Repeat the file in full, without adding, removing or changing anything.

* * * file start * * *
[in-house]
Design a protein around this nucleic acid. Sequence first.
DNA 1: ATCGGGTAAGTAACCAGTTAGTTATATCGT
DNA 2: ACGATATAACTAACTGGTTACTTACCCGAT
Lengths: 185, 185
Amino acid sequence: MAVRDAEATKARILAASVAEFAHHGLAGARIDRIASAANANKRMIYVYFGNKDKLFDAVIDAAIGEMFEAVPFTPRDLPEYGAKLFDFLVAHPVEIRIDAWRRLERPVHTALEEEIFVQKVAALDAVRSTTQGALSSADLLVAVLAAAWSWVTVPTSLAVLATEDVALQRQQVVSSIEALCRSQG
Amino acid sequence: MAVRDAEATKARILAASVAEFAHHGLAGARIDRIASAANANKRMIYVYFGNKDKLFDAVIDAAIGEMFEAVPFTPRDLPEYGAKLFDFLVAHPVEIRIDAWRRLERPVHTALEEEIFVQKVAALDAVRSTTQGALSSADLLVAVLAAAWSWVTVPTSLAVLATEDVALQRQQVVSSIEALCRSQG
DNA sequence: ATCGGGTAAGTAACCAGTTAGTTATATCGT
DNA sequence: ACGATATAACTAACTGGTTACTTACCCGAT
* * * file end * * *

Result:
[in-house]
Design a protein around this nucleic acid. Sequence first.
DNA 1: ATCGGGTAAGTAACCAGTTAGTTATATCGT
DNA 2: ACGATATAACTAACTGGTTACTTACCCGAT
Lengths: 185, 185
Amino acid sequence: MAVRDAEATKARILAASVAEFAHHGLAGARIDRIASAANANKRMIYVYFGNKDKLFDAVIDAAIGEMFEAVPFTPRDLPEYGAKLFDFLVAHPVEIRIDAWRRLERPVHTALEEEIFVQKVAALDAVRSTTQGALSSADLLVAVLAAAWSWVTVPTSLAVLATEDVALQRQQVVSSIEALCRSQG
Amino acid sequence: MAVRDAEATKARILAASVAEFAHHGLAGARIDRIASAANANKRMIYVYFGNKDKLFDAVIDAAIGEMFEAVPFTPRDLPEYGAKLFDFLVAHPVEIRIDAWRRLERPVHTALEEEIFVQKVAALDAVRSTTQGALSSADLLVAVLAAAWSWVTVPTSLAVLATEDVALQRQQVVSSIEALCRSQG
DNA sequence: ATCGGGTAAGTAACCAGTTAGTTATATCGT
DNA sequence: ACGATATAACTAACTGGTTACTTACCCGAT